Dr. Nicole: Yeah, I think it’s important to talk to someone because you don’t know. And that whole not feeling well. Sometimes, that not feeling well is something that you can 100% put your finger on. Like we talked about vitamin D deficiency causing fatigue and you feel like your motivation is low. Sometimes it’s that simple. But being deficient in certain vitamins can also lead to other physical health things that you just aren’t even aware are happening within your body. So that’s why it’s important that you do have an annual physical exam.
Gabe: I loved doing this episode because I learned so much. And one of the things that I did learn, if I’m being honest, is that it’s not cut and dry. I wanted to start this episode by saying, don’t take supplements. They’re all a scam. Quit it. And it is much more nuanced and I do want to give space for that. The biggest thing that I learned, and maybe the only takeaway I want our listeners to have is you should absolutely, unequivocally disclose your supplement use to your psychiatrist, your general practitioner. Hiding it back and not telling them is just as dangerous as being prescribed a medication, not taking it and not telling your doctor. So, if you learned nothing else, if you’ve arrived at no other conclusions, and if you’ve just been like, why did I listen to this thing? If you only take this away, if you are taking any supplement, no matter how insignificant you feel that it is or how safe you think that it is, absolutely Share it with your medical provider because that will help them, right?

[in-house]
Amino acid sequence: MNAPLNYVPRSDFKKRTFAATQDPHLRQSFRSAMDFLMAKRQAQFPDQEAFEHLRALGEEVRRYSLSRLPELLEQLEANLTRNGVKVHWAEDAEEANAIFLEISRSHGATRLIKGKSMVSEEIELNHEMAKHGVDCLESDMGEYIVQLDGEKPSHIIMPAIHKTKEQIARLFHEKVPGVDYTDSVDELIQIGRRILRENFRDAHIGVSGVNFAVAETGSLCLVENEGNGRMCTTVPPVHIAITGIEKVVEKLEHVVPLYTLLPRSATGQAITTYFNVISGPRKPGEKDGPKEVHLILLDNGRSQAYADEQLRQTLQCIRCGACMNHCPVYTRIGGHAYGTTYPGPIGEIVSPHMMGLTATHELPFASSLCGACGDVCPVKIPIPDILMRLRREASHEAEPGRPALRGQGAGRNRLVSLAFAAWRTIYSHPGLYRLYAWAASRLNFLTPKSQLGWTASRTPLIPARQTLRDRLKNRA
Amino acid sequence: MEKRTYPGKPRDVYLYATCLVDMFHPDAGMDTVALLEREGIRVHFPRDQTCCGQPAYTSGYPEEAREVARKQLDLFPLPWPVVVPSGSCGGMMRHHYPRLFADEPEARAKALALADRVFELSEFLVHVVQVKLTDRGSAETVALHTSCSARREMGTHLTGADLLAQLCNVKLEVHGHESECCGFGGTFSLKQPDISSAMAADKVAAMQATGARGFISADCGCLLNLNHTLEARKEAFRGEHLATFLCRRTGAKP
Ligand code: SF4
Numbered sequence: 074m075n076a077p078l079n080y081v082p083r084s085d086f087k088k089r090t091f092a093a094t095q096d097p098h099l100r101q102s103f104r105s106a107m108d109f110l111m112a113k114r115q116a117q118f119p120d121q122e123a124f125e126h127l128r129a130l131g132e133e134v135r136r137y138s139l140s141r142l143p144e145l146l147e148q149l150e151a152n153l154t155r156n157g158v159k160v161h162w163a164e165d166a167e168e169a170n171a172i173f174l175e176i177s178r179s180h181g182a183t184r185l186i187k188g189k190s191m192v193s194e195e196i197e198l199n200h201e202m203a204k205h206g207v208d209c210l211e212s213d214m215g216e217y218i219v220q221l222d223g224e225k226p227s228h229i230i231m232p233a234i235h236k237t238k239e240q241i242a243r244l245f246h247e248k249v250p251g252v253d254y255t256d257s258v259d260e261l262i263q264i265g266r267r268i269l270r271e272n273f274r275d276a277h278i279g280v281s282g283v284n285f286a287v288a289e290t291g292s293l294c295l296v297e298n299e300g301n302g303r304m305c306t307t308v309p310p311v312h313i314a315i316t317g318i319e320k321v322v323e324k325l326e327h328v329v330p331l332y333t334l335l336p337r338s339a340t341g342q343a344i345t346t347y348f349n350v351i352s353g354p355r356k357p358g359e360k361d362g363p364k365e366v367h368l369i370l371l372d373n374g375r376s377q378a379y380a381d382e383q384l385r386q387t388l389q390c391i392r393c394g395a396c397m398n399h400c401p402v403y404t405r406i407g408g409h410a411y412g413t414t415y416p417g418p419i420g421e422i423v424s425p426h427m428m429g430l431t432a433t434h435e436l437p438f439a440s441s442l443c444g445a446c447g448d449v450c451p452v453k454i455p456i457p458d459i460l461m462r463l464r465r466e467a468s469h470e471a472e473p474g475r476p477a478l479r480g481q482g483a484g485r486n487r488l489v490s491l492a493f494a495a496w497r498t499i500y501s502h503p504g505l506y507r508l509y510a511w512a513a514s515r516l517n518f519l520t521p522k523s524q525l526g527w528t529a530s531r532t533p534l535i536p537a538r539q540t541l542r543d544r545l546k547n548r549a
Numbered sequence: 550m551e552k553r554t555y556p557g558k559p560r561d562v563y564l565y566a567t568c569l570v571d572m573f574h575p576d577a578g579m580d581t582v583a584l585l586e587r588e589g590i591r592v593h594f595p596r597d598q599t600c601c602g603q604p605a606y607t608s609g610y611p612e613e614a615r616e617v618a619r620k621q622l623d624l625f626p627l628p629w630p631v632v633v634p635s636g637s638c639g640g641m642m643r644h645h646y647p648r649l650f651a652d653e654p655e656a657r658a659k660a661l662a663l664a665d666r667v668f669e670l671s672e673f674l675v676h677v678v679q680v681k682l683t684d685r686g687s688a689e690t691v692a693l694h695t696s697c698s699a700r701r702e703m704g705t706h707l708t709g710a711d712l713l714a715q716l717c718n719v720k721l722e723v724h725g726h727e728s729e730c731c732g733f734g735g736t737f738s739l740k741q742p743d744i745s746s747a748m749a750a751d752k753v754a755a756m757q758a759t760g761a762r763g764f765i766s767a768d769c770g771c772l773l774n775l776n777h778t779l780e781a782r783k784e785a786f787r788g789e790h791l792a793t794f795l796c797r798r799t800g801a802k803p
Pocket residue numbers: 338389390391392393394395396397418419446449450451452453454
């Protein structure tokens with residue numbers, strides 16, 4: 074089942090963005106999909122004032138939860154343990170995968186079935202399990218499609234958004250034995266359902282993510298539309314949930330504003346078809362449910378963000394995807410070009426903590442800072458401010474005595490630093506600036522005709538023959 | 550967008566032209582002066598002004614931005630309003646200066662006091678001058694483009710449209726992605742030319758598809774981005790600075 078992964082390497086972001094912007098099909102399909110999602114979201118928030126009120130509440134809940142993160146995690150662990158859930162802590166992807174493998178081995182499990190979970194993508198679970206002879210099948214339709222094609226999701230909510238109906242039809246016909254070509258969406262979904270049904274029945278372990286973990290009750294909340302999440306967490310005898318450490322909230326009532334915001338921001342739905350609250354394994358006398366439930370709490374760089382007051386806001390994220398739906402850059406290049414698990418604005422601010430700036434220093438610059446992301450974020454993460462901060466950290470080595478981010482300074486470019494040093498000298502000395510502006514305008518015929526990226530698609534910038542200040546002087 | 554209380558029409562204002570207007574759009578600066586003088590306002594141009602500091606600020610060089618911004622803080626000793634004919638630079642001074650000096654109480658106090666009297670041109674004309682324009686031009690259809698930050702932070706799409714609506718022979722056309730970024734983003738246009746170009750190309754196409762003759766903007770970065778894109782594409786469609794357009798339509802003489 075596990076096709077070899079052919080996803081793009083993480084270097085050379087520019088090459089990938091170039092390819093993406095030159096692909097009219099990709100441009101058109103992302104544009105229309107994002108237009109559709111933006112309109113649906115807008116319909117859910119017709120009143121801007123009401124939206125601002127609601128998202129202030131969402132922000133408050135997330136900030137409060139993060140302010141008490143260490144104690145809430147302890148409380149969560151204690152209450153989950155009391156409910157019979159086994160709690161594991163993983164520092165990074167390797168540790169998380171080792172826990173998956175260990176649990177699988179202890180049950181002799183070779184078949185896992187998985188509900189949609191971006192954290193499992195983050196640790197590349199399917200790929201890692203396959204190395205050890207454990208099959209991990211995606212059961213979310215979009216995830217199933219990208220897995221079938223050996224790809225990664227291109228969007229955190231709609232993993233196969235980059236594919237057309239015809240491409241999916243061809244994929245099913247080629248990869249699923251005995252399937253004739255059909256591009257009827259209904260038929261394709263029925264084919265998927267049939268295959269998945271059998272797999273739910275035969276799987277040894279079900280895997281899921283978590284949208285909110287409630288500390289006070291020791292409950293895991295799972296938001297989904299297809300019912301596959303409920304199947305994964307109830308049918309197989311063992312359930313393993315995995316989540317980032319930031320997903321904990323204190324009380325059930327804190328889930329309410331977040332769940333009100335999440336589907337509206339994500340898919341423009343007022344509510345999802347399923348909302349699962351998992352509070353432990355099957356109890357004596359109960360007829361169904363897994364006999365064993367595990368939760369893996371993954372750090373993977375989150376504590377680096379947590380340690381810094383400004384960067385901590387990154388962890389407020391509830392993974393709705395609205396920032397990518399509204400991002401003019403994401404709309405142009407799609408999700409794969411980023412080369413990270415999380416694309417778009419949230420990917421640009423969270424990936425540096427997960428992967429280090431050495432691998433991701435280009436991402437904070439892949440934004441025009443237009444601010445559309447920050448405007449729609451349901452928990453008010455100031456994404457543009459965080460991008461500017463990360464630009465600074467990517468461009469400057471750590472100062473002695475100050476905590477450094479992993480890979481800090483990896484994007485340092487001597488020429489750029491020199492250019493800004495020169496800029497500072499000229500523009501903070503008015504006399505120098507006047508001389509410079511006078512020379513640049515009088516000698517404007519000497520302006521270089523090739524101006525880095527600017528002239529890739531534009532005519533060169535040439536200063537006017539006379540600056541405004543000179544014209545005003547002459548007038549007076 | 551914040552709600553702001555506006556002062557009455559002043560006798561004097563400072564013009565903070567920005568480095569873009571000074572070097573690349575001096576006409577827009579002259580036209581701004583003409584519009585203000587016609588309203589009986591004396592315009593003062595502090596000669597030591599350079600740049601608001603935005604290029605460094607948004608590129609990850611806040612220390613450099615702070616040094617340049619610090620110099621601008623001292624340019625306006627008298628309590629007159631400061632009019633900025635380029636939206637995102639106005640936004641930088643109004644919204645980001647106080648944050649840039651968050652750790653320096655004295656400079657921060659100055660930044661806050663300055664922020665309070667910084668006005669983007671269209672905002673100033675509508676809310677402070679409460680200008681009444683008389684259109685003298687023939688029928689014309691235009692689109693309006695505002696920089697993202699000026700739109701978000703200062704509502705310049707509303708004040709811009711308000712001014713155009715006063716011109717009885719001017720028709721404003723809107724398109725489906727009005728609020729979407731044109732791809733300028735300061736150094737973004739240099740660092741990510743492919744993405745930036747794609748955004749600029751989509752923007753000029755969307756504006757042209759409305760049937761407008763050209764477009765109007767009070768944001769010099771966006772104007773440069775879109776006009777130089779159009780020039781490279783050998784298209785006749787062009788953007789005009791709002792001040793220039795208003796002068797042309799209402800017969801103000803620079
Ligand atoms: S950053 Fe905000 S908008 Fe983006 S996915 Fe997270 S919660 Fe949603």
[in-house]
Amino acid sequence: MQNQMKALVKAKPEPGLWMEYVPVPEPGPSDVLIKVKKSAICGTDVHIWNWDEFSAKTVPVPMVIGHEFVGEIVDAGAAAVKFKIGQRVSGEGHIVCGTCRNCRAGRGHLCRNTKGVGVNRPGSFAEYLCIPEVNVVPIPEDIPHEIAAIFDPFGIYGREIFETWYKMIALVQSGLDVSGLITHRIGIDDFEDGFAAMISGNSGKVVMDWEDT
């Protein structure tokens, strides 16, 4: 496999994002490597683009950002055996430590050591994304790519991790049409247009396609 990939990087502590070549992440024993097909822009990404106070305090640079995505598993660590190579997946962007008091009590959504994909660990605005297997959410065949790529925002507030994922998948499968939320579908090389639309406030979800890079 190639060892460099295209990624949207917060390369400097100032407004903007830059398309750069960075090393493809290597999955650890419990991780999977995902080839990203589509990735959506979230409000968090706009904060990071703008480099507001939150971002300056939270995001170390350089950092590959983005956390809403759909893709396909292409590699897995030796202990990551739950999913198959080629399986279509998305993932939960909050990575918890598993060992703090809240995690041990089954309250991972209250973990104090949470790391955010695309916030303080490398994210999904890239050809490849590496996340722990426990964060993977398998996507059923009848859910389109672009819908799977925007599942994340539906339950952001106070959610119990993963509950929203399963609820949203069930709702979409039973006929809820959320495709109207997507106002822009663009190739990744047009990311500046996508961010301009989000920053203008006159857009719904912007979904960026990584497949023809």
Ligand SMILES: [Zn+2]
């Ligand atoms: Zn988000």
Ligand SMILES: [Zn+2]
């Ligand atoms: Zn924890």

Dr. Nicole: Yeah. And be as discerning, we’ll say discerning, not skeptical. Be as discerning of supplements as you are of the medications that your doctors are prescribing. Give it the same side-eye. Bring the same energy. Do your same research and just have that same kind of healthy skepticism of a new thing. And if you’re going to take a supplement, make sure you’re taking something that has a good reputation behind it. The manufacturer has a good reputation behind it and take something of value.
Gabe: Dr. Nicole, it is always great learning from you. Thank you so much for the education about supplements. I really, really did learn a lot. Thank you, everybody, so much for being here. My name is Gabe Howard and I am the author of “Mental Illness Is an Asshole and Other Observations.” I’m also a national public speaker who could be available for your next event. You can grab my book on Amazon or wherever fine books are sold, or you can get a signed copy with free swag just by heading over to gabehoward.com.
Dr. Nicole: And I’m Dr. Nicole Washington. You can find me on all those social media platforms @DrNicolePsych to see all the fun things I have my hand in at any given moment.
Gabe: If you can do us a favor, wherever you downloaded this episode, please follow or subscribe. It is absolutely free and tell people about the show. Share it on social media, share it in a support group. Send somebody an email, mention it around the water cooler. Hell, send a text because sharing the show is how we grow. We will see everybody next time on Inside Bipolar.